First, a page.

Thursday, March 12, 2009

Wall Panels


Blue Trees, pair
13" tall x 6.5" wide, approx. each

These panels were completed last year and fired Cone 10 reduction this week. I had a couple of panels crack, one with thicker applied leaves and one which was loaded with shelves too close to one another. Here's a link to show the leaf panels in their green state.


Alder Leaf Panel
14.25" tall by 5.75" wide

I'd prefer my panels be placed randomly throughout the kiln during glaze firing, but I can't seem to get the my idea of distribution of heat and air circulation across to those loading and firing the kiln. They want to put all the narrow shelves bunched together in the kiln and I think that makes for heat too concentrated in small area and therefore slows the cool down. If you have any thoughts on how to effectively load an updraft, gas-fired kiln, please let me know.


Sage Leaf Panel
14" tall by 5.75" wide

In the past I had some of my pieces with large footprints either crack or warp. I conquered the warping by placing a light bed of porcelain sand on the kiln shelf under the pieces during the glaze firing. Maybe I can convince them to load the kiln with air flow in mind.


Pear Leaf Panel
15.5" tall by 6.5" wide

Stay tuned for more work tomorrow. In a day or two I'll post all about how I plan to hang these panels with some great tips I got from Meredith of Whynot Pottery. Here are some roses which grew together in my garden.

7 comments:

  1. Hi Linda- the panels are great and should hang well.
    A tip- I found the larger tiles needed to cure longer after putting on the glue. I also weighted the sticks and glue and then "walk away" and leave them for a few days.
    Then I let them cure about a week until the glue is no longer soft.

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  2. Nice tiles, Linda! I really like the "Sage" tile, something about the very graphic leaves and glaze combo is really attractive.

    As far as loading a gas updraft kiln, I've only participated in a few guild firings, and our kilns are stacked really tight. Smaller, low profile ones on the bottom, tall things on the top. Sounds similar to how your group stacks. I don't know enough about loading a gas kiln to be of much help.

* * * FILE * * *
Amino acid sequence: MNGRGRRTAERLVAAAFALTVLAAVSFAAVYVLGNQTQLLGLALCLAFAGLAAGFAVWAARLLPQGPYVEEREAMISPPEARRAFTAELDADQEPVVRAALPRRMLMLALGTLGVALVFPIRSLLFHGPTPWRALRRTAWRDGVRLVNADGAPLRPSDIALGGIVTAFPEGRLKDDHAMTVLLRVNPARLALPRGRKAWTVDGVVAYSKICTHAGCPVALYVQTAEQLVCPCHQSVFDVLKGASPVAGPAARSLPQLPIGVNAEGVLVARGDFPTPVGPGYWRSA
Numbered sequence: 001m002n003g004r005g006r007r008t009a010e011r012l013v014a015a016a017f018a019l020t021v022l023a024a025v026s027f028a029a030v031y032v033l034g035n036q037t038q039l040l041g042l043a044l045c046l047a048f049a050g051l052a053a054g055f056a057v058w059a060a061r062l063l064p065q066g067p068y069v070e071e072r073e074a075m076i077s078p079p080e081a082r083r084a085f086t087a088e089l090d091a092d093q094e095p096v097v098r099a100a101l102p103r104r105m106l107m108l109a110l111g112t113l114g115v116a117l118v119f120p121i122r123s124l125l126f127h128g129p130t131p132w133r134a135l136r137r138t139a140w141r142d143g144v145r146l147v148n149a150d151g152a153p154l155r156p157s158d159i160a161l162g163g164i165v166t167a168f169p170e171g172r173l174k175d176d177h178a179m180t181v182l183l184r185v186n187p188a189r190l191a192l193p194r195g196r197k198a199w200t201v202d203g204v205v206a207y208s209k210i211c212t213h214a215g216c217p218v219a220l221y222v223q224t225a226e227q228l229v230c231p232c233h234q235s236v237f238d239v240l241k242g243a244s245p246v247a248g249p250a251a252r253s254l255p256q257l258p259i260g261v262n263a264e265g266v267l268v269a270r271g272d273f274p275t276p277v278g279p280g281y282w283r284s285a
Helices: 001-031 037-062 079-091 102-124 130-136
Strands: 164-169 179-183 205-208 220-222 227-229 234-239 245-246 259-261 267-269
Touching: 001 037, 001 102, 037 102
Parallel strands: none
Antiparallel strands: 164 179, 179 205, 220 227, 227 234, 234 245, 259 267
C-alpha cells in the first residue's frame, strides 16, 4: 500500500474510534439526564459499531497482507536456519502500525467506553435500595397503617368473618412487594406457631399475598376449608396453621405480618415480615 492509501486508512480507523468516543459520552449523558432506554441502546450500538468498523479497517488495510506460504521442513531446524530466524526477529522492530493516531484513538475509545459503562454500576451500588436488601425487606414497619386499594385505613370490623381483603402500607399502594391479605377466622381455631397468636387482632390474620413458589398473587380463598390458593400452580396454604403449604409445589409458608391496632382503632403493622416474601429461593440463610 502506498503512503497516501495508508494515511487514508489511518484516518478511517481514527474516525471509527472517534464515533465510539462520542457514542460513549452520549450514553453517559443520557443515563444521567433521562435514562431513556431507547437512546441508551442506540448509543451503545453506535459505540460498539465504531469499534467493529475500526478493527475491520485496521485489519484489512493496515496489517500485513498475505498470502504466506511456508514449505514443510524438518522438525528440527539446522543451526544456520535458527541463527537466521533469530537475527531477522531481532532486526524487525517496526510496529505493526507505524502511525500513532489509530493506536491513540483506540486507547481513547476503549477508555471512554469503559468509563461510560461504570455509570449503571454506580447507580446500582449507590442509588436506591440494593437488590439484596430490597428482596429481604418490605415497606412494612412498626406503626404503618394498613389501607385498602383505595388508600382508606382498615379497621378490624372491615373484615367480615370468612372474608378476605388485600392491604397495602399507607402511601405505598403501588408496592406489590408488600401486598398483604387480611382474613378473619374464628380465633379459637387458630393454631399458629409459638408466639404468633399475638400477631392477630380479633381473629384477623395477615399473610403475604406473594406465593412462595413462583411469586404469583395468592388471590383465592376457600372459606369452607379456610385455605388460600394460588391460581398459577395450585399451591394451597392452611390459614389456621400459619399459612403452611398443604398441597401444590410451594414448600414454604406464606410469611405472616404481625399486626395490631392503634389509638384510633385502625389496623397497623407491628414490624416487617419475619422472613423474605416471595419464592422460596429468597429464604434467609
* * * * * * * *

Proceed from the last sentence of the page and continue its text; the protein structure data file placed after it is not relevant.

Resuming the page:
I'm curious to hear about the hanging method that Meredith recommended - I use gorilla glue which dries in 24 hours, though I have a friend who uses epoxy. With the gorilla glue, you have to be really careful not to use too much, because it will foam an ugly mess.

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  3. oh they turned out so beautifully!!!

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  4. on another note- we load the kiln using different levels to help with air flow. A stack will be something like this:
    9 inches on the bottom
    4 1/2 inches
    6 inches
    4 1/2 inches
    3 inches
    6 inches
    crown somewhere around 14 to 18 inches.
    The next stack stagers the first- does that make sense?

    leave some room at the crown- do not make too tight-
    M

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  5. Hi Meredith, that's exactly how i put the d-hooks on my crosses, I left them in the other room to sit for a while. thanks so much, I'll be doing a post on how you showed me.

    Hi Cynthia, thanks thats a yellow with ohata kaki background which came out more bronze rather than orange, which now that I see it I am glad it did. I won't say I'm happy, but the two plaques that cracked will be my test pieces, I'll post how Meredith showed me.

    Hi Gary, thanks so much, I am really happy with them because they turned out but also because I overcame the difficulties I have had firing large flat pieces without warping in Cone 10 (actually this went to Cone 11).

    Hi Meredith, your description of the load is what my "common sense" tells me would be better for a load - alternating large and small layers and a larger layer on the bottom. They think I'm particular, but now that my flat stuff isn't on the bottom which gets hotter, it isn't warping, the layer of porcelain sand does help too. Thx.

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  6. I love to see the roses...Oh, I can't wait for gardening season!

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  7. Hi Lori, wait till you see my Cecile Brunner arbor when it's in bloom. Only problem is the weeds are starting to grow everywhere now. We're having a great wildflower year and I'll be going out to get some photos later this week.

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I love suggestions, questions, critiques, thanks for your comment